MLK on Shopping

In his provocative New York Times article addressing the MLK memorial in Washington D.C., Dr. Cornel West reminds us that the message of Dr. King, the whole message, is still deeply urgent and relevant today. In 2011, we acknowledge that King’s message addressed racism, but we can forget the complexity of King’s vision, maybe the facets that put the man’s life in the most danger. King preached against the Vietnam War and poverty as animatedly as he worked to dismantle racism. According to West, King talked about

Racism as a moral catastrophe

Militarism as an imperial catastrophe

Poverty as an economic catastrophe and

“Materialism is a spiritual catastrophe, promoted by a corporate media multiplex and a culture industry that have hardened the hearts of hard-core consumers and coarsened the consciences of would-be citizens. Clever gimmicks of mass distraction yield a cheap soulcraft of addicted and self-medicated narcissists.”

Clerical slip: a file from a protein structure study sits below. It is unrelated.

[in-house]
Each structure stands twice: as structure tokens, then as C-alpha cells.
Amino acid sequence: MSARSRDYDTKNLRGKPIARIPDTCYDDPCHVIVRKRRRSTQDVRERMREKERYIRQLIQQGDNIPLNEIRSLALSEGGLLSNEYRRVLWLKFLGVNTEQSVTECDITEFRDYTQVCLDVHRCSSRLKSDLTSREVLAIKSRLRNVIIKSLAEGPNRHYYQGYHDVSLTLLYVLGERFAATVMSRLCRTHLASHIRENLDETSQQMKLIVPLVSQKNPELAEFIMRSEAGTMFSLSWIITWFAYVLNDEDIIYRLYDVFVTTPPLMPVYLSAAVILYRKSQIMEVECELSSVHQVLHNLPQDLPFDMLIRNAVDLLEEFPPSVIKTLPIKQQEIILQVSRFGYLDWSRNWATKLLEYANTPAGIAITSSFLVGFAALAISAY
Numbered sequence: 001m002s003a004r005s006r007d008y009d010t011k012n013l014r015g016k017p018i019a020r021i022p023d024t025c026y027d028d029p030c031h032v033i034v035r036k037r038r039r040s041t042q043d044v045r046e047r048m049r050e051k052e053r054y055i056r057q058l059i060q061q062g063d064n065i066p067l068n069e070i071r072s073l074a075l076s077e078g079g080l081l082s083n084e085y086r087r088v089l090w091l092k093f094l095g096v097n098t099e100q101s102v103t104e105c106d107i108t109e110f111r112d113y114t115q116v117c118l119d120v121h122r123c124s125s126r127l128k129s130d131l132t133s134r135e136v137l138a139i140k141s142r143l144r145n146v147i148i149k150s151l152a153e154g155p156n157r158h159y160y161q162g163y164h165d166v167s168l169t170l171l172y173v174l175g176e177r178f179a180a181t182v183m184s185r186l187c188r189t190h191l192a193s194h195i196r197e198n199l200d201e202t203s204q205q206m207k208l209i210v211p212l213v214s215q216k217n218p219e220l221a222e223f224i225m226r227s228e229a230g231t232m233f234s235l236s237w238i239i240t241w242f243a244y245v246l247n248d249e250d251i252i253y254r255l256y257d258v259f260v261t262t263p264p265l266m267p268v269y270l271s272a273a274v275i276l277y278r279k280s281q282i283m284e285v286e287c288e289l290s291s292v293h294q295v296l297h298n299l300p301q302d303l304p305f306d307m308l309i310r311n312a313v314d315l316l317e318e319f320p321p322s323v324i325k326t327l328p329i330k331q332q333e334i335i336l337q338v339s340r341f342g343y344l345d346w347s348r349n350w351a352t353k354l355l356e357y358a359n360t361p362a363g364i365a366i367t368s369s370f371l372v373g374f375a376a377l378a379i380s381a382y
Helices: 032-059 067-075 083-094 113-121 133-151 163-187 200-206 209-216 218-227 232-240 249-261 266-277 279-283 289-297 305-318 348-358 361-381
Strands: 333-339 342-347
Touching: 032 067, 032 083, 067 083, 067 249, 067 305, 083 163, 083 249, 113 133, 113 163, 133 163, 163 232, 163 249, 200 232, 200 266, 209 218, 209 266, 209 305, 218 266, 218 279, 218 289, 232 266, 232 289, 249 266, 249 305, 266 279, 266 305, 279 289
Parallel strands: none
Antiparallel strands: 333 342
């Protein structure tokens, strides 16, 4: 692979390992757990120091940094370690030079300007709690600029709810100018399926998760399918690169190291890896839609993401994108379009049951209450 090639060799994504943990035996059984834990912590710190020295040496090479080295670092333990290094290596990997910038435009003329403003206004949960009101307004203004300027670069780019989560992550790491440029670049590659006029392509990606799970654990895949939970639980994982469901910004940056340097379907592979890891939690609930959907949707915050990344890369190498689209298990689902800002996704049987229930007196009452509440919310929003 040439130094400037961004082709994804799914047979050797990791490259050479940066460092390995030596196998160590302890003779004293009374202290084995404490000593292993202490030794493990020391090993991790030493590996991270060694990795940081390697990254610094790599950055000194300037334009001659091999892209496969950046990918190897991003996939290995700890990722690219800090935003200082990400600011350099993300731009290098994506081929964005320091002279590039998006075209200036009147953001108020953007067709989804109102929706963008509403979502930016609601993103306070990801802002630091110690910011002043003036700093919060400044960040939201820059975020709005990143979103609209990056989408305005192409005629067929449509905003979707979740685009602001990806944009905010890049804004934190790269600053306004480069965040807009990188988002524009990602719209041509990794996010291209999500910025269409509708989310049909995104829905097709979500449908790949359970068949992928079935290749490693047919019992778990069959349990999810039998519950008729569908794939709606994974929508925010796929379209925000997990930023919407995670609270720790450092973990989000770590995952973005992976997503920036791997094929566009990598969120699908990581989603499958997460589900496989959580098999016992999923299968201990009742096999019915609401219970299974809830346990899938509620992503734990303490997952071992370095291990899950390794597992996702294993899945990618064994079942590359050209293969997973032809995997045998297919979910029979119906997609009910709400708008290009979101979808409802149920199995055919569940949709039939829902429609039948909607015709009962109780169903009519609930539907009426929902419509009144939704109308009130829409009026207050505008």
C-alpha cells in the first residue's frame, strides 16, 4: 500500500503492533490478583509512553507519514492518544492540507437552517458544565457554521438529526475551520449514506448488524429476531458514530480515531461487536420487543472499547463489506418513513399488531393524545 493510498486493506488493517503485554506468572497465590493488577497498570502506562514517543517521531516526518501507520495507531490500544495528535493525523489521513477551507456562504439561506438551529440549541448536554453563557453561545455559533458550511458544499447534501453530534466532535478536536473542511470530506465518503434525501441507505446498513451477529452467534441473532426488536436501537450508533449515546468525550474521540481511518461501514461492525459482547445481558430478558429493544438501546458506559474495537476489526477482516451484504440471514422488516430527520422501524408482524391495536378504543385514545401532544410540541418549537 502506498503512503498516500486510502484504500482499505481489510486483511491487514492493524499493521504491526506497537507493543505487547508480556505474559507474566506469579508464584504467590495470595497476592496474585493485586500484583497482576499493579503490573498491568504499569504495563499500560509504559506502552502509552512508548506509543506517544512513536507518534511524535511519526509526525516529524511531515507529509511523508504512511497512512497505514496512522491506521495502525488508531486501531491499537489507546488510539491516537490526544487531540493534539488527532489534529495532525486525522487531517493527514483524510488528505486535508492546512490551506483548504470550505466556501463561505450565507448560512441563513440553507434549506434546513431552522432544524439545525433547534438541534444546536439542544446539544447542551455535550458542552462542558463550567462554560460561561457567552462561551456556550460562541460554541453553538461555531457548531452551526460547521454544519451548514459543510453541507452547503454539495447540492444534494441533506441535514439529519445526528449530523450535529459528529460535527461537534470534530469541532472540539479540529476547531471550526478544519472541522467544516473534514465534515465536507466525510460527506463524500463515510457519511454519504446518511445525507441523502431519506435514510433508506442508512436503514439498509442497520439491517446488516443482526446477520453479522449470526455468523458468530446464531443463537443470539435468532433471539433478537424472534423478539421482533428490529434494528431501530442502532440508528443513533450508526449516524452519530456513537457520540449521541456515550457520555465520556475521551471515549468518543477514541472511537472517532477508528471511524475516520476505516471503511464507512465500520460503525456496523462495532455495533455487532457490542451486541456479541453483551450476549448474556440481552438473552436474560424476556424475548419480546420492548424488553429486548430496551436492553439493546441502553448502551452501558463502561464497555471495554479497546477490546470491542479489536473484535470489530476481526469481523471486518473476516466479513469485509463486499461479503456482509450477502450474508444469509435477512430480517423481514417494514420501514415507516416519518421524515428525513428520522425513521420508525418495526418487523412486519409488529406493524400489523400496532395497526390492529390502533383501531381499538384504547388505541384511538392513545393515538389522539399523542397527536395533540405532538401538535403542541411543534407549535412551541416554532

The health of America has always hinged on its ability to live into King’s vision of the Promised Land. Sifting through these four foci brings urgency in me of how much work we have yet to do to get there. West’s article sits on the front of my mind and the top of my heart every Tuesday evening as I walk down 125th Street for thirty minutes to catch my train home from work. It is a dirty street, smelling of urine, buzzing with neon lights, and full of people all ages, abilities, races and sizes. I am flanked on my right by store after store selling cheaply made clothes, shoes and cosmetics and on my left by street vendors selling perfume, CDs and jewelry, trying to get by. Meanwhile, I am approached from the front and back with fliers thrust at me without eye contact to buy new phones or melt down gold for cash. I am seen as a consumer before human being. Our materialism has become an unwieldy construct so massive, it is hard to know where to strike first. So lately, I have just put my head down and walked as quickly to my destination as possible, always feeling a little more stressed and empty than when I began.

West proposes that King is weeping from his grave. I think he could be right. I would deeply agree that materialism is a spiritual catastrophe, and it is getting worse instead of better. We must claim our citizenship, our stock in the human race, and keep working to end poverty, materialism, racism and militarism until together we reach the Promised Land.